If you can't stomach another damn debate tonight, fear not, there are other television options at 9pm. And, odd as it may sound, we recommend you check out the series premiere of The CW's Emily Owens, M.D., a cloying on the surface, charming on the inside little series about a young doctor. Yes, shows about flibbertigibbet young doctors mooning around hospitals are totally old hat, and sure that poster art with the butterflies in the chest X-ray are a bit manic-pixie, but the actual show, at least the pilot that we've seen, is quietly smarter than all that, and is worth giving a shot, at least.
The premise is pretty standard: A first-year intern at a Denver hospital (Denver of all places!) named, duh, Emily Owens is excited to embark on her new post-school adult life while still crushing on her hunky med school classmate Will, who's also just started at the same hospital. But her new grownup self is of course almost immediately thwarted by the presence of a fellow first-year named Cassandra, who, it turns out, was Emily's former high school bully. So, Emily can't escape the awkwardness and teasing persecution of high school, even though she's supposed to be a grownup doctor who's mature and calm and collected and all that. She's still flustered around her dream guy, the pretty mean girl still terrifies her, and she still sweats profusely when nervous, a habit that earned her the icky high school nickname "Pits." It's all setup for a lot of wacky, flighty gal stuff, and there is certainly some of that in the pilot, but there's also a little more grain and shading than the basic romcom framework implies.
A lot of that extra and surprising nuance is owed to the fact that Emily is played by Mamie Gummer, an actress who is too smart to indulge the worst stereotypes of the genre. Gummer was previously enslaved on another medical show, the Shonda Rhimes-produced Grey's Anatomy-in-the-jungle Off the Map, but even on that grating show she managed to add some genuine wit and an almost mid-century kind of savvy to the role. On Emily Owens she's perky and pratfall-y, but she's also a warm and intelligent presence in a hospital room and more easy-going than those damn x-ray butterflies would suggest. It's a likable and unexpectedly understated, yet still off-beat, performance, one that almost manages to completely silence the "She's Meryl Streep's daughter, She's Meryl Streep's daughter" refrain echoing in your head.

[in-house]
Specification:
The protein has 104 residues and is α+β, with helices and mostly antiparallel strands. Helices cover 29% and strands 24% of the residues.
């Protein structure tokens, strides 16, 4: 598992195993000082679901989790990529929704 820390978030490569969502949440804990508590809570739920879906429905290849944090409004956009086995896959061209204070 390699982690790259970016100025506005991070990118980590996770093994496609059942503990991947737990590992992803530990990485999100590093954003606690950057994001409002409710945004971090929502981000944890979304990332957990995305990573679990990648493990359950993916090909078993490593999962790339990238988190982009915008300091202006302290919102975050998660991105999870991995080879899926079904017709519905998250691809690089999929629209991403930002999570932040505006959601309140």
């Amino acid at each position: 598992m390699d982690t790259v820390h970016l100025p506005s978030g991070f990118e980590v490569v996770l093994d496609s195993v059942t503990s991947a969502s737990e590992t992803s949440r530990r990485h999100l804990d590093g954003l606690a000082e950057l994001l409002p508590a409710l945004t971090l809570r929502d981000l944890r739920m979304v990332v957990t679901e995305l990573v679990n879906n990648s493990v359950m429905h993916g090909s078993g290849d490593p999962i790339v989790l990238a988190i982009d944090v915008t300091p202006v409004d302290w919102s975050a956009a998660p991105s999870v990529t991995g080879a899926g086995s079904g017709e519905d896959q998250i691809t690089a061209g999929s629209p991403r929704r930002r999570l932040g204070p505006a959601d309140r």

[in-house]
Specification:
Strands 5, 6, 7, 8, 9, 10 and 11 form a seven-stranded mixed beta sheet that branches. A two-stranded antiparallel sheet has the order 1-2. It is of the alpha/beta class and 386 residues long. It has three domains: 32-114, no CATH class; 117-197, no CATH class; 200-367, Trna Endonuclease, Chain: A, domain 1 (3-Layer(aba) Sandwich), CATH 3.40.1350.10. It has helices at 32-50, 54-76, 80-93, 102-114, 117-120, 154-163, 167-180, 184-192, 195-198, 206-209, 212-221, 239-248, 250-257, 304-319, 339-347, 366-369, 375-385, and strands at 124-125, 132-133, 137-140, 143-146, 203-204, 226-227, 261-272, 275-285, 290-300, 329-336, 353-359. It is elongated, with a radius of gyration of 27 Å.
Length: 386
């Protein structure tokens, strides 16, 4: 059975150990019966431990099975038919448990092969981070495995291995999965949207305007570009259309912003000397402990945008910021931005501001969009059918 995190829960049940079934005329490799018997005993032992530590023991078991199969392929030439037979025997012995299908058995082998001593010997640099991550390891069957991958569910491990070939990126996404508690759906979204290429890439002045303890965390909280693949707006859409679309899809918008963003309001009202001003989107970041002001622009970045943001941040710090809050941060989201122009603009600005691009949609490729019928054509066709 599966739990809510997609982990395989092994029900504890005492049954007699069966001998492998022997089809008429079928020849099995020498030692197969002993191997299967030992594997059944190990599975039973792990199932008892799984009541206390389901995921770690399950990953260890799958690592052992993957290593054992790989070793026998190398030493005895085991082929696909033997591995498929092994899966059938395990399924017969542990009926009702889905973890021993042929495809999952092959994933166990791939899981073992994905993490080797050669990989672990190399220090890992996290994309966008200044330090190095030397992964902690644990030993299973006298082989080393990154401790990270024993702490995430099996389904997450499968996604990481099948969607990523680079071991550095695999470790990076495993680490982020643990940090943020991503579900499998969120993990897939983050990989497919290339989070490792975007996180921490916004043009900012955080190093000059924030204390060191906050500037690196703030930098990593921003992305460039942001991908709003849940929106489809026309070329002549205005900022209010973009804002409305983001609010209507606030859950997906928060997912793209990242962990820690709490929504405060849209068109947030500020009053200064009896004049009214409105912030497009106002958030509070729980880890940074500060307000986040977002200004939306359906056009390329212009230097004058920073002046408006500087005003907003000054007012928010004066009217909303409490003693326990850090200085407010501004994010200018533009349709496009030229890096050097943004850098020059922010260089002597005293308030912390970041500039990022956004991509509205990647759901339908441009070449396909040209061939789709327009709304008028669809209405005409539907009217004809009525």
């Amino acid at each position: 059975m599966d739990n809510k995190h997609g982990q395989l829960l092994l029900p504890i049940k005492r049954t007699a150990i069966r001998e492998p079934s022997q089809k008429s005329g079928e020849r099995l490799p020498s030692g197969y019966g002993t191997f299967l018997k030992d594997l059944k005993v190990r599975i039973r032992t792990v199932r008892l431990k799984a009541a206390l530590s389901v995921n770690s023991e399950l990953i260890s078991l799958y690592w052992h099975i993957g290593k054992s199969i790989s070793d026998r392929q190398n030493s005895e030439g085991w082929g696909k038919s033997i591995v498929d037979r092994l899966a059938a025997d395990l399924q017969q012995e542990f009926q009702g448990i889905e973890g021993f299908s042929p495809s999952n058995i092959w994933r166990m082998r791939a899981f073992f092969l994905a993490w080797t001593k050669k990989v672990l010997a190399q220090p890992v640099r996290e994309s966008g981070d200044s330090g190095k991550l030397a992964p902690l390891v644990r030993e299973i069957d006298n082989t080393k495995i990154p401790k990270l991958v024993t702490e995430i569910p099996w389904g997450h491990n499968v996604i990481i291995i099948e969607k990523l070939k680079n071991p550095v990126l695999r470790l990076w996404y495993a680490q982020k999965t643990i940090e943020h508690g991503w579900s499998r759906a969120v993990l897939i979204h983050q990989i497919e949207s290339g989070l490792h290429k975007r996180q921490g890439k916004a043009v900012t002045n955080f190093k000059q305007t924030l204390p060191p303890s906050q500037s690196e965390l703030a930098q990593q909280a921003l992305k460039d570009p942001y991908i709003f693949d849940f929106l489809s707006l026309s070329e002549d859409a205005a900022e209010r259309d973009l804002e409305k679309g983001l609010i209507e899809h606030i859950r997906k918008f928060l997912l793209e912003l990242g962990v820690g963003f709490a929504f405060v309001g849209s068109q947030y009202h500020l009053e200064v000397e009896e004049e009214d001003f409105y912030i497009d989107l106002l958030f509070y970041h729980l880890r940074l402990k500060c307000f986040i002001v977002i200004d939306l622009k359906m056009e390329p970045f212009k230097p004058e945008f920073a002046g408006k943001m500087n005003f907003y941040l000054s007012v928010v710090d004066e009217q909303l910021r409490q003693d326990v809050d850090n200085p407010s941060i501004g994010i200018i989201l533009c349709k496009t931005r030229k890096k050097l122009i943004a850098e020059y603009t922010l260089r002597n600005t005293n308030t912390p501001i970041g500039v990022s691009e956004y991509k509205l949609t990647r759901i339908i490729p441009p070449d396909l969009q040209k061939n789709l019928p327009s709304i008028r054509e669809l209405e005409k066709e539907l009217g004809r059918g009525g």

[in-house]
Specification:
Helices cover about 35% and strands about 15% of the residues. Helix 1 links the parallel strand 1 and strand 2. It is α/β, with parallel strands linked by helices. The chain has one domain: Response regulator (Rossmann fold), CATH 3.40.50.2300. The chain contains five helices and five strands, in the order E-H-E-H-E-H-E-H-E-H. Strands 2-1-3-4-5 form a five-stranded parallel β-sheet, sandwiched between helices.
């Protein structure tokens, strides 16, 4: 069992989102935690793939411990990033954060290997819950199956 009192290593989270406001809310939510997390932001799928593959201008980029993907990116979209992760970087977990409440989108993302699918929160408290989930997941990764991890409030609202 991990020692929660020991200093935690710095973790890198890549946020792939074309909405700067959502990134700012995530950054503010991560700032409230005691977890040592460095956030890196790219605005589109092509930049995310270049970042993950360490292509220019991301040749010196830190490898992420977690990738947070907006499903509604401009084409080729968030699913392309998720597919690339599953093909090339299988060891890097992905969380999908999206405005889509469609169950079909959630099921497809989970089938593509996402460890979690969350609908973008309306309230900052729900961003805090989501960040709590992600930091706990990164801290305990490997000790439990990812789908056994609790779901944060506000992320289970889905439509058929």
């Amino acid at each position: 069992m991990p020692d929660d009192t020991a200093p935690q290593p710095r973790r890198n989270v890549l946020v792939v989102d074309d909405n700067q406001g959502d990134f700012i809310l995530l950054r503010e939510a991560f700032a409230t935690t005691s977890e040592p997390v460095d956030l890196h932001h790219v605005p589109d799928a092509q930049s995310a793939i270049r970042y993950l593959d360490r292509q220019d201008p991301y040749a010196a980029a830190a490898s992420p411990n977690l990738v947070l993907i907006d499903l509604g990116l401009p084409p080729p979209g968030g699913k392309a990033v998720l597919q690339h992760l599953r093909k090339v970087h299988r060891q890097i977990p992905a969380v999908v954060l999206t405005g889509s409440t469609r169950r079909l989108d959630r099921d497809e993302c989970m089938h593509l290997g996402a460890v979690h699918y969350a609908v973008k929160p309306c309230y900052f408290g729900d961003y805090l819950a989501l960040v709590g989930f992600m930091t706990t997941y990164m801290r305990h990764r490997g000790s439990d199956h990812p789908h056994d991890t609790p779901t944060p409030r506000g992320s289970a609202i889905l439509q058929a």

She's well supported by both her castmates and the writing. The show was created by a Gilmore Girls writer named Jennie Snyder (who also produced on Lipstick Jungle, it should be cautioned) and that fast-talking show's influences are certainly evident. But where that show had, to us, a chord of cutesy smugness reverberating behind all the smiles and glossy brown hair, Emily Owens's undertones are more staid, even melancholy at moments. That's an interesting layer to put under an otherwise upbeat hospital romantic comedy, and we're curious to see how it grows or develops. Snyder's jokes are funny enough, her banter just south of twee, and she shies away from painting anyone with too broad a brush. Her actors do well with the material, particularly Kelly McCreary as the gay daughter of the hospital's chief resident, and Greek's lovable Michael Rady, playing another resident and the guy that Emily should really be pursuing.
Emily Owens isn't really breaking any new ground, but as Tuesday is currently a rather fallow TV landscape, and considering how lackluster most of the season's new shows have been, we think it's a bright spot on the schedule. Again, based simply on the one episode. The show could easily devolve into yet another nightmare of romantic cliches and pandering and soppy case-of-the-week stuff. But with Gummer and company in control, we're hoping it continues on in its idiosyncratic little way. We've a hard time seeing this becoming a ratings bonanza, generic as it initially seems, but it has sleeper potential, if people actually give it a chance. Which is what you should do. Forget those debate jerks. Go hang out with some silly people in Denver instead.
This article is from the archive of our partner The Wire.
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